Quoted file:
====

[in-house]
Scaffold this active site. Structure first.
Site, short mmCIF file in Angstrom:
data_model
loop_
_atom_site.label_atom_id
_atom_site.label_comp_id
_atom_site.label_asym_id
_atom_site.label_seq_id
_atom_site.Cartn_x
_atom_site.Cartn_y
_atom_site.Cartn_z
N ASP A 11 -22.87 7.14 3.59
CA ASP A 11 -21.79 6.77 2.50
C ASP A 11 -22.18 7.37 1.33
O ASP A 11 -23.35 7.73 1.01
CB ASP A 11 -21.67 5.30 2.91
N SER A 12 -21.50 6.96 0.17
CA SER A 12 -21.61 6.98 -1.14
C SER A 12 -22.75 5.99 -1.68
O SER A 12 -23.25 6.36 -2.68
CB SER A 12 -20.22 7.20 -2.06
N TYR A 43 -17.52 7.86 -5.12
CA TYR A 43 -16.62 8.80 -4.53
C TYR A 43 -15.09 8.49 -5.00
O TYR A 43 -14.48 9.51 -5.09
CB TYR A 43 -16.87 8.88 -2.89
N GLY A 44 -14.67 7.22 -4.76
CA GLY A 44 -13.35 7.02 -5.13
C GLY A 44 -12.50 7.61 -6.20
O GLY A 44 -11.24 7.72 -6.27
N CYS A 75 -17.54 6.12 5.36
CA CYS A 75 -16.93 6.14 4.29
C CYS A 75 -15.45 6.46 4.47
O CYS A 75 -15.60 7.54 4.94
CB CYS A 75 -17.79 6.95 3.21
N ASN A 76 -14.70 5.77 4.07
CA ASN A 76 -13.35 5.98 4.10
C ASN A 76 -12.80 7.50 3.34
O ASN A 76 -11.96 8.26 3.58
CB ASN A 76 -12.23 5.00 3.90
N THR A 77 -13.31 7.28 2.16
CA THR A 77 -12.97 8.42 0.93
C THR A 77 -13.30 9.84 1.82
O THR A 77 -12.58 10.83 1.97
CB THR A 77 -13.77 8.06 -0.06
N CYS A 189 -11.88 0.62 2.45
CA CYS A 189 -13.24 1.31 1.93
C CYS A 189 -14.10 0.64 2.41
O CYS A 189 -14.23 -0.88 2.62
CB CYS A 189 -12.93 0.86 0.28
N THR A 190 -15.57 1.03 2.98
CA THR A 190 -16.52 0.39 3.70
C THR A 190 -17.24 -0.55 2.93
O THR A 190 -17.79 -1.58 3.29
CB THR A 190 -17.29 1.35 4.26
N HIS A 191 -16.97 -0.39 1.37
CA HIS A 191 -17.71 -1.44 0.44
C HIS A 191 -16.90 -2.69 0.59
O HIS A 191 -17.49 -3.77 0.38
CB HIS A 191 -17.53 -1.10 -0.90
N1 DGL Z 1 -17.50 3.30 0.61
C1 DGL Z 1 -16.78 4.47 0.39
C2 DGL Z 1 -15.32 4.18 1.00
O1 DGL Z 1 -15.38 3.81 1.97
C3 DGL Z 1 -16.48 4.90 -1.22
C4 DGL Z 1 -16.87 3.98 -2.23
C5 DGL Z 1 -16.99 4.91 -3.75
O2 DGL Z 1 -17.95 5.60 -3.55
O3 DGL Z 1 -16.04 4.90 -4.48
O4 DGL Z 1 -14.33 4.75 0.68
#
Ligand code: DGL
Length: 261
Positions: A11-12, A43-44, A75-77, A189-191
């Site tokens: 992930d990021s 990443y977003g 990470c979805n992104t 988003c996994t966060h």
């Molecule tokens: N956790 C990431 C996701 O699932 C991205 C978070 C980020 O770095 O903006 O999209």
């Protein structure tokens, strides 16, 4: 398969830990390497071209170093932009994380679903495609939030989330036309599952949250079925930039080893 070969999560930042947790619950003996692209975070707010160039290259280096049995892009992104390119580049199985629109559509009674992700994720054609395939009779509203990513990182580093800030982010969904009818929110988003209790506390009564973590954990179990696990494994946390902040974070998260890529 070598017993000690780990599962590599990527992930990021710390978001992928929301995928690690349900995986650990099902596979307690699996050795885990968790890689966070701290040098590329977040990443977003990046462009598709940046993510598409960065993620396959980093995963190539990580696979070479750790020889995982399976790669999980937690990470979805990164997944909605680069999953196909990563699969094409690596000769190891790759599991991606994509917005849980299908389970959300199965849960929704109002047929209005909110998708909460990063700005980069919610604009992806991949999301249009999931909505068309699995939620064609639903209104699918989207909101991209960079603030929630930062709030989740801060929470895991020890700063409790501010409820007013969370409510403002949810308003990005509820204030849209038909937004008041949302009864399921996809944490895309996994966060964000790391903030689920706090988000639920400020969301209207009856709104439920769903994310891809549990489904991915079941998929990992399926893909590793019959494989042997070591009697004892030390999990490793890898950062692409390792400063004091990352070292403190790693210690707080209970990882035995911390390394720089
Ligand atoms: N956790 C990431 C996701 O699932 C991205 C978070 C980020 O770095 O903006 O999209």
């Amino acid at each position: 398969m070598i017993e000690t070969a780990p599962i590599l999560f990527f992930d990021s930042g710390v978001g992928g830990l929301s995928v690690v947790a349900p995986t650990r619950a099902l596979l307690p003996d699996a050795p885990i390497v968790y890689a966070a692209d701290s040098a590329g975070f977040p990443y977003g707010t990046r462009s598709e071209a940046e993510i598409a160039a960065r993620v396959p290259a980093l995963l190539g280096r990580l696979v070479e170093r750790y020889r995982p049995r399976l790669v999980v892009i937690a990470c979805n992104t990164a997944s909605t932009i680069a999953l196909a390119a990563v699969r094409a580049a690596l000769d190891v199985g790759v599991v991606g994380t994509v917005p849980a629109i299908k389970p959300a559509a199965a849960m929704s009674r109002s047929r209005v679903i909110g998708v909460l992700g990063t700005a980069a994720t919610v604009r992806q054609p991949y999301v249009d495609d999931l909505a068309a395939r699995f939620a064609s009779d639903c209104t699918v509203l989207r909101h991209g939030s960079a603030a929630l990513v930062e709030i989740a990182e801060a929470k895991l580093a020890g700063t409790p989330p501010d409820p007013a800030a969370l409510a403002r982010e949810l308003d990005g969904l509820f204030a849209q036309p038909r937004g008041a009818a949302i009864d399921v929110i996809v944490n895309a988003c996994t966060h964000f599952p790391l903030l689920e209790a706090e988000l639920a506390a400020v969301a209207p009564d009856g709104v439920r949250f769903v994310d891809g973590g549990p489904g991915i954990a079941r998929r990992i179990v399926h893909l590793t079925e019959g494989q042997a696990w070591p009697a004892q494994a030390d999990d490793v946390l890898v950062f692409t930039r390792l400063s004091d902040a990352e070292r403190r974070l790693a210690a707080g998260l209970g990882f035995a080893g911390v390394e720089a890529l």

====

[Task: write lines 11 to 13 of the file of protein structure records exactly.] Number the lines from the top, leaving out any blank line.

_atom_site.Cartn_y
_atom_site.Cartn_z
N ASP A 11 -22.87 7.14 3.59